comscore ‘Stronger’ takes anti-Hollywood look at Boston Marathon attack survivor | Honolulu Star-Advertiser

‘Stronger’ takes anti-Hollywood look at Boston Marathon attack survivor


    This image released by Roadside Attractions shows Jake Gyllenhaal in a scene from “Stronger.”


** 1/2

(R, 1:59)

“Stronger ” is about a survivor but it is not a feel-good movie.

In 2013, 27-year-old Jeff Bauman went to watch his ex-girlfriend, Erin Hurley, run the Boston Marathon. He was there when the bombs went off and lost both of his legs as a result. An Associated Press photograph of Bauman, bloodied and gravely injured, being wheeled away from the site by a man in a cowboy hat, became an instant icon of that terrorist attack.

But the attack is not the focus here.

It’s the story of the aftermath that director David Gordon Green tells in “Stronger,” based on Bauman’s co-written memoir, and it is raw, ugly and painful to watch at times. There is alcoholism, bitterness, suffering and pain. Hope is something that’s merely projected on him from the outside. He feels none of it.

Jake Gyllenhaal plays Bauman as a regular local guy with an affable demeanor. We meet him for a brief moment in his ordinary life — ending his shift at Costco to rush to watch the Red Sox game (or “sawks” game) at a bar, get wasted with his good-time Charlie friends and try to make overtures to his ex (Tatiana Maslany), who hasn’t been responding to his texts.

Green films these early scenes like it’s the beginning of a rom-com. When Bauman goes to the finish line, poster in hand to be there for Hurley, the music is bouncy and hopeful and he has a silly grin on his face, proud of himself for “showing up” — his usual inability to do so being what ended their relationship.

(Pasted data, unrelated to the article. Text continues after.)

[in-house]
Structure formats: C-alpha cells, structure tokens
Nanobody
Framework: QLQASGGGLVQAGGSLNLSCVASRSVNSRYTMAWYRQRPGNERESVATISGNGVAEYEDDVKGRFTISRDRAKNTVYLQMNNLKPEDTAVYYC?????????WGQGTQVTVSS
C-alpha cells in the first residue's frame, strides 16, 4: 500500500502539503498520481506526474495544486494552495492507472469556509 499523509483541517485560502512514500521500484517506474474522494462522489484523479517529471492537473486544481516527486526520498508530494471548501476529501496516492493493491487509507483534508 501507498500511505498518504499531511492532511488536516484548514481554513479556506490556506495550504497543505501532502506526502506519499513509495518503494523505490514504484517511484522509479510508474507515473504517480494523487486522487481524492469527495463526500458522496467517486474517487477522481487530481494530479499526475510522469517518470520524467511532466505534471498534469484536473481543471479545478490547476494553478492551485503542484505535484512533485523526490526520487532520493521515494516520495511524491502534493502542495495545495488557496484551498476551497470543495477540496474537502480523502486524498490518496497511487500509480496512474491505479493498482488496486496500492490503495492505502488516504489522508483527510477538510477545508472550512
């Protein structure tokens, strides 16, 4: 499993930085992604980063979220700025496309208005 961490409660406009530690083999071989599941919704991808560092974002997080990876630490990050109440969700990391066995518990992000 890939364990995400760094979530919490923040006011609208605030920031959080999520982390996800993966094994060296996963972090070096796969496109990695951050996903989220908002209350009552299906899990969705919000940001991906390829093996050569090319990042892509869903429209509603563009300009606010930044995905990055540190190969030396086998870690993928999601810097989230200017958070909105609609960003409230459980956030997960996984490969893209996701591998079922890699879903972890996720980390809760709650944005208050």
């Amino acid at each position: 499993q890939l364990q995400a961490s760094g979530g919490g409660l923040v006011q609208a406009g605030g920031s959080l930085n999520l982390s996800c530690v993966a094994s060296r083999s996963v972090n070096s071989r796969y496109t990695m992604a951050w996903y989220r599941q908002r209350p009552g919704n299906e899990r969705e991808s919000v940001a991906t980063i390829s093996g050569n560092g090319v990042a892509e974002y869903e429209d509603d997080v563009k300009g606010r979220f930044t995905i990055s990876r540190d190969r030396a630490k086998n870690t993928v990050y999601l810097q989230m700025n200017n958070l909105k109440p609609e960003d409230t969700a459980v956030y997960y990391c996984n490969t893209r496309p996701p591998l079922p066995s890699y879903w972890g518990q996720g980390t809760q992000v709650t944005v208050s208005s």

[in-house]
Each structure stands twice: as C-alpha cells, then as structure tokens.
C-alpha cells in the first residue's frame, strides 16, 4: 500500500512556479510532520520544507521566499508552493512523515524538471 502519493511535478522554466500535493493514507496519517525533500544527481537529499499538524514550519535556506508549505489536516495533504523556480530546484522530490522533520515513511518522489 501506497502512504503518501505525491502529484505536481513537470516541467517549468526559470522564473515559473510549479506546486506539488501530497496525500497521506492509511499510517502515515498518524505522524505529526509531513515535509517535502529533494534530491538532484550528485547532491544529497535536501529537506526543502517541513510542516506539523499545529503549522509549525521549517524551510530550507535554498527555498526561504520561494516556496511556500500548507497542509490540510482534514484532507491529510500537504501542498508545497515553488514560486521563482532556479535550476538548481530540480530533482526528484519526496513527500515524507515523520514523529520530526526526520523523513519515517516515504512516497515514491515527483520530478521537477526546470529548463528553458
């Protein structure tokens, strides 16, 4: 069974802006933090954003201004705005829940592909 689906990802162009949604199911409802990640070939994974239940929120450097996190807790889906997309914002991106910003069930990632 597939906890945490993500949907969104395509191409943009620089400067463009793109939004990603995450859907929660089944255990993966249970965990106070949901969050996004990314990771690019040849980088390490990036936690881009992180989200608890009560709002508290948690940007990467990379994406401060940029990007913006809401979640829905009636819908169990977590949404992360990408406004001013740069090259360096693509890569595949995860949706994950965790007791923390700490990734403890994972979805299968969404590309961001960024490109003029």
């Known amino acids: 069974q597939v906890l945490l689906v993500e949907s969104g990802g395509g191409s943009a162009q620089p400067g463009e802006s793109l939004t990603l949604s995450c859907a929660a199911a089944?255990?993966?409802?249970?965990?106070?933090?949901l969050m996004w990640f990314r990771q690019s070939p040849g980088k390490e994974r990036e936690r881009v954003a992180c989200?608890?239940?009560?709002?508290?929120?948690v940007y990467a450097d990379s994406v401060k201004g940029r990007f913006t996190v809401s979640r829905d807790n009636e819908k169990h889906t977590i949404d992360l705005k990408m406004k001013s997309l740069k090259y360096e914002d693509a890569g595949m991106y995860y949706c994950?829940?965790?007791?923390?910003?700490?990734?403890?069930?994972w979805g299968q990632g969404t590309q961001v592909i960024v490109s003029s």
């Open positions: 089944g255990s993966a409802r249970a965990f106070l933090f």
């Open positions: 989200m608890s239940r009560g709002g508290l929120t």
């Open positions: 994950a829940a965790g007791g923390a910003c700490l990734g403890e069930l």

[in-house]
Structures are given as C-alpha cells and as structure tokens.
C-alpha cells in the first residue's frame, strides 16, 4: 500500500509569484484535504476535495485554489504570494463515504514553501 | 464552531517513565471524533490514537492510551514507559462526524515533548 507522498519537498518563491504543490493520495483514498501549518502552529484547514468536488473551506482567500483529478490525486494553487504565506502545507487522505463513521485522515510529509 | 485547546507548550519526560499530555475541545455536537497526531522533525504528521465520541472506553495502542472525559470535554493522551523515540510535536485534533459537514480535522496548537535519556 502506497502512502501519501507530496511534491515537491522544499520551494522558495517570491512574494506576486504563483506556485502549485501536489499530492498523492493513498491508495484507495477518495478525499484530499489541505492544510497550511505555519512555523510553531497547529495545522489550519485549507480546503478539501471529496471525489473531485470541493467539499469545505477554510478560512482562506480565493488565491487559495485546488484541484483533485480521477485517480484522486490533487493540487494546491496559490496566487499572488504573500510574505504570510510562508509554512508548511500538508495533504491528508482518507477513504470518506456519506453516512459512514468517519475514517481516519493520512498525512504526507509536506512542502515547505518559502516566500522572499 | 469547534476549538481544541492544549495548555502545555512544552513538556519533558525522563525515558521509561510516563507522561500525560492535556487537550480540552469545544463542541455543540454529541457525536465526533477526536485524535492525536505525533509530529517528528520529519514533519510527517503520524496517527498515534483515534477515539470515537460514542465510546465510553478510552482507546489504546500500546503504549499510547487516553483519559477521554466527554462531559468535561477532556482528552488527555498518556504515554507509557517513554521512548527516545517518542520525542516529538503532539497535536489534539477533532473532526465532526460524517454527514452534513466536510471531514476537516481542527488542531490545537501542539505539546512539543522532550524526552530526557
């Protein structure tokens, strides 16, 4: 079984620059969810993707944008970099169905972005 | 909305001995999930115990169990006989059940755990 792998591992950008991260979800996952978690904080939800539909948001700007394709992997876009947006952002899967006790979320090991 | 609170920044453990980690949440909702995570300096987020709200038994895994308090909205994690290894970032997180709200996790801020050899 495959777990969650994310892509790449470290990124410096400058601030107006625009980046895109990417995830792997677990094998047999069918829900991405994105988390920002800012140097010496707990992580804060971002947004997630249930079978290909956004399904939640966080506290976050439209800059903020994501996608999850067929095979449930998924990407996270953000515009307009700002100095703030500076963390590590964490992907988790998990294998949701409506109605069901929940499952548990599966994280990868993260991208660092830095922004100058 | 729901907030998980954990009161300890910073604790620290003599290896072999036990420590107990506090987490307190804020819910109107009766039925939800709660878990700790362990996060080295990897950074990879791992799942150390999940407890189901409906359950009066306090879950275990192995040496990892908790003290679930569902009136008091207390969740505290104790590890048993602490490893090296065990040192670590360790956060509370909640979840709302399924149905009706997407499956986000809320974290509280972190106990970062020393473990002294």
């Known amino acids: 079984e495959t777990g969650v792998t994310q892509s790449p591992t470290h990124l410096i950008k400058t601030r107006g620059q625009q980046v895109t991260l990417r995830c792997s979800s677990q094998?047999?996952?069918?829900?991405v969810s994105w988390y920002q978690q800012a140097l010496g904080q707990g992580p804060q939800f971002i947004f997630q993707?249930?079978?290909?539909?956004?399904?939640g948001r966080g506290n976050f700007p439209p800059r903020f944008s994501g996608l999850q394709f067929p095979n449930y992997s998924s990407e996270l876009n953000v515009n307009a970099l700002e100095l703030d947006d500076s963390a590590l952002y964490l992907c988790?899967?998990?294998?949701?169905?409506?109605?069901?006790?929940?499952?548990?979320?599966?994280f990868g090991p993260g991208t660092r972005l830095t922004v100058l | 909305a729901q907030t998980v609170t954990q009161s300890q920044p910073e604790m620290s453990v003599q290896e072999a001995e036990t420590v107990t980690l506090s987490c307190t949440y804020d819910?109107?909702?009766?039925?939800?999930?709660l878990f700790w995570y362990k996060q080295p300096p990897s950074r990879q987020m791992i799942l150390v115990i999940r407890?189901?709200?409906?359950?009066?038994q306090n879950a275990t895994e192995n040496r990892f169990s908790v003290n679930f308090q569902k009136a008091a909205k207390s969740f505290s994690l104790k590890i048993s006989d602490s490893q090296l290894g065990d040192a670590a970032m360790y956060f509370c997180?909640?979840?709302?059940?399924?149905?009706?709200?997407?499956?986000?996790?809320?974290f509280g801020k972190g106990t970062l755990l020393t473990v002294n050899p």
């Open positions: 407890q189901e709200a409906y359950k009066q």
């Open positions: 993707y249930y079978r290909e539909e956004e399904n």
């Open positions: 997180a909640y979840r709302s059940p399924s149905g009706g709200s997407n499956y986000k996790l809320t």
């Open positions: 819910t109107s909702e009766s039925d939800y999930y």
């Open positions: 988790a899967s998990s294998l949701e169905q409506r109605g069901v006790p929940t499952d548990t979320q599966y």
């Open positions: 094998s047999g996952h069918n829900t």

Hurley, who hadn’t quite made it to the finish when the bombs went off, sees Bauman on the television and rushes to him in the hospital. Maslany, a subtle but powerful actress, has the ability to tug at your heartstrings with just the quiver of her chin.

Inside the hospital is a harrowing experience. Bauman’s family is loud and brash (an unflattering and classist depiction of people in crisis that gets exaggerated as the movie goes on). Hurley is pointedly uncomfortable, not knowing her place in all of this but feeling a responsibility to be there. And then there’s Bauman, who is in excruciating pain. Green films Gyllenhaal’s agony close-up as the doctors change the dressing on his wounds.

It only gets worse back at home, a tiny, run-down apartment he shares with his drunk mother, Patty (Miranda Richardson), who always has a glass of white wine in her hand and who can’t comprehend, or doesn’t want to deal with, her son’s PTSD. The film indulges in showing Bauman’s hardships and the unique trauma of his public celebrity. He can’t quite comprehend how losing his legs has become an inspiration to so many.

He drinks, he yells, he cries, he misses therapy, he reluctantly attends public events to be a mascot of hope for “Boston Strong,” he hits his head a lot and he and Hurley’s relationship vacillates violently throughout — she moves in, they get back together, he disappoints again — culminating in a shouting match in a car.

It is, in many ways, an anti-Hollywood movie with a fittingly complicated ending. The movie cuts off on a positive note in their relationship, with them together and expecting a child. In real life, Bauman and Hurley divorced earlier this year. But this movie is not a love story. It’s about the sometimes ugly truth behind a symbol. And the most powerful moment comes late in the film with the man in the cowboy hat.

The resilience of humans is something that will never cease to amaze — especially as terrorist attacks continue and natural disasters devastate communities and lives. That “Stronger,” as unpleasant as it is, doesn’t shy away from the complicated side of recovery is admirable to say the least.

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